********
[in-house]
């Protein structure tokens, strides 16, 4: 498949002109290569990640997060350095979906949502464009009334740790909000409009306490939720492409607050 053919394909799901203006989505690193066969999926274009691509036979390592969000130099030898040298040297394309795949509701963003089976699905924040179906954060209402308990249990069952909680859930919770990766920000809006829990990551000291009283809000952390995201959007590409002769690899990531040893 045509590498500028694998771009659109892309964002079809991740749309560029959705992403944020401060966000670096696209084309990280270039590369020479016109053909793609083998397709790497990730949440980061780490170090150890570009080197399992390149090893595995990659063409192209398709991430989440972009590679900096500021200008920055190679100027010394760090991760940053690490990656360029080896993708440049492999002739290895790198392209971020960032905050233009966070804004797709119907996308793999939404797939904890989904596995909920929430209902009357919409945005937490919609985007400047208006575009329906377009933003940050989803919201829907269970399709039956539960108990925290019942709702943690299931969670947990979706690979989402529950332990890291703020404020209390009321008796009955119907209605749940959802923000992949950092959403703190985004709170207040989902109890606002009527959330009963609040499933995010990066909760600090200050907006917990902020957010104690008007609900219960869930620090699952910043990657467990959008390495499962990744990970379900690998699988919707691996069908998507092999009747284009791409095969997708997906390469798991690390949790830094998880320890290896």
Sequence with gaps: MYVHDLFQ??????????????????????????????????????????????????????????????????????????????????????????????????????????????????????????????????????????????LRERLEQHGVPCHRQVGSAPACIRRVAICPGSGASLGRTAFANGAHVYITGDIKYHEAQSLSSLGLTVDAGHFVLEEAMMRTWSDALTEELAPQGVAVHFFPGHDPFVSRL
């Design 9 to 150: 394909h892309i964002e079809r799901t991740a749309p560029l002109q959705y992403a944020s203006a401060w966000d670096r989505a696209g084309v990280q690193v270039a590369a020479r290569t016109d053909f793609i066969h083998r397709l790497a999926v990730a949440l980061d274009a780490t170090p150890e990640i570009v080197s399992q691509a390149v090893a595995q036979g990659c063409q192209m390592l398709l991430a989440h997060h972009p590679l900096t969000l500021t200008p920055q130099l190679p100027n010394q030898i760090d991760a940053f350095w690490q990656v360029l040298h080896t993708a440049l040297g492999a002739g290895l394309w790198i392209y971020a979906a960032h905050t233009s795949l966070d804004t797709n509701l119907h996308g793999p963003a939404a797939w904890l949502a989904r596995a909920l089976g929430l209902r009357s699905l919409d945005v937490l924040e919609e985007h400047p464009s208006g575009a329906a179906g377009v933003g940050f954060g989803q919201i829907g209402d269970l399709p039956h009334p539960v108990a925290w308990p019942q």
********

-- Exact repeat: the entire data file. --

[in-house]
């Protein structure tokens, strides 16, 4: 498949002109290569990640997060350095979906949502464009009334740790909000409009306490939720492409607050 053919394909799901203006989505690193066969999926274009691509036979390592969000130099030898040298040297394309795949509701963003089976699905924040179906954060209402308990249990069952909680859930919770990766920000809006829990990551000291009283809000952390995201959007590409002769690899990531040893 045509590498500028694998771009659109892309964002079809991740749309560029959705992403944020401060966000670096696209084309990280270039590369020479016109053909793609083998397709790497990730949440980061780490170090150890570009080197399992390149090893595995990659063409192209398709991430989440972009590679900096500021200008920055190679100027010394760090991760940053690490990656360029080896993708440049492999002739290895790198392209971020960032905050233009966070804004797709119907996308793999939404797939904890989904596995909920929430209902009357919409945005937490919609985007400047208006575009329906377009933003940050989803919201829907269970399709039956539960108990925290019942709702943690299931969670947990979706690979989402529950332990890291703020404020209390009321008796009955119907209605749940959802923000992949950092959403703190985004709170207040989902109890606002009527959330009963609040499933995010990066909760600090200050907006917990902020957010104690008007609900219960869930620090699952910043990657467990959008390495499962990744990970379900690998699988919707691996069908998507092999009747284009791409095969997708997906390469798991690390949790830094998880320890290896």
Sequence with gaps: MYVHDLFQ??????????????????????????????????????????????????????????????????????????????????????????????????????????????????????????????????????????????LRERLEQHGVPCHRQVGSAPACIRRVAICPGSGASLGRTAFANGAHVYITGDIKYHEAQSLSSLGLTVDAGHFVLEEAMMRTWSDALTEELAPQGVAVHFFPGHDPFVSRL
């Design 9 to 150: 394909h892309i964002e079809r799901t991740a749309p560029l002109q959705y992403a944020s203006a401060w966000d670096r989505a696209g084309v990280q690193v270039a590369a020479r290569t016109d053909f793609i066969h083998r397709l790497a999926v990730a949440l980061d274009a780490t170090p150890e990640i570009v080197s399992q691509a390149v090893a595995q036979g990659c063409q192209m390592l398709l991430a989440h997060h972009p590679l900096t969000l500021t200008p920055q130099l190679p100027n010394q030898i760090d991760a940053f350095w690490q990656v360029l040298h080896t993708a440049l040297g492999a002739g290895l394309w790198i392209y971020a979906a960032h905050t233009s795949l966070d804004t797709n509701l119907h996308g793999p963003a939404a797939w904890l949502a989904r596995a909920l089976g929430l209902r009357s699905l919409d945005v937490l924040e919609e985007h400047p464009s208006g575009a329906a179906g377009v933003g940050f954060g989803q919201i829907g209402d269970l399709p039956h009334p539960v108990a925290w308990p019942q």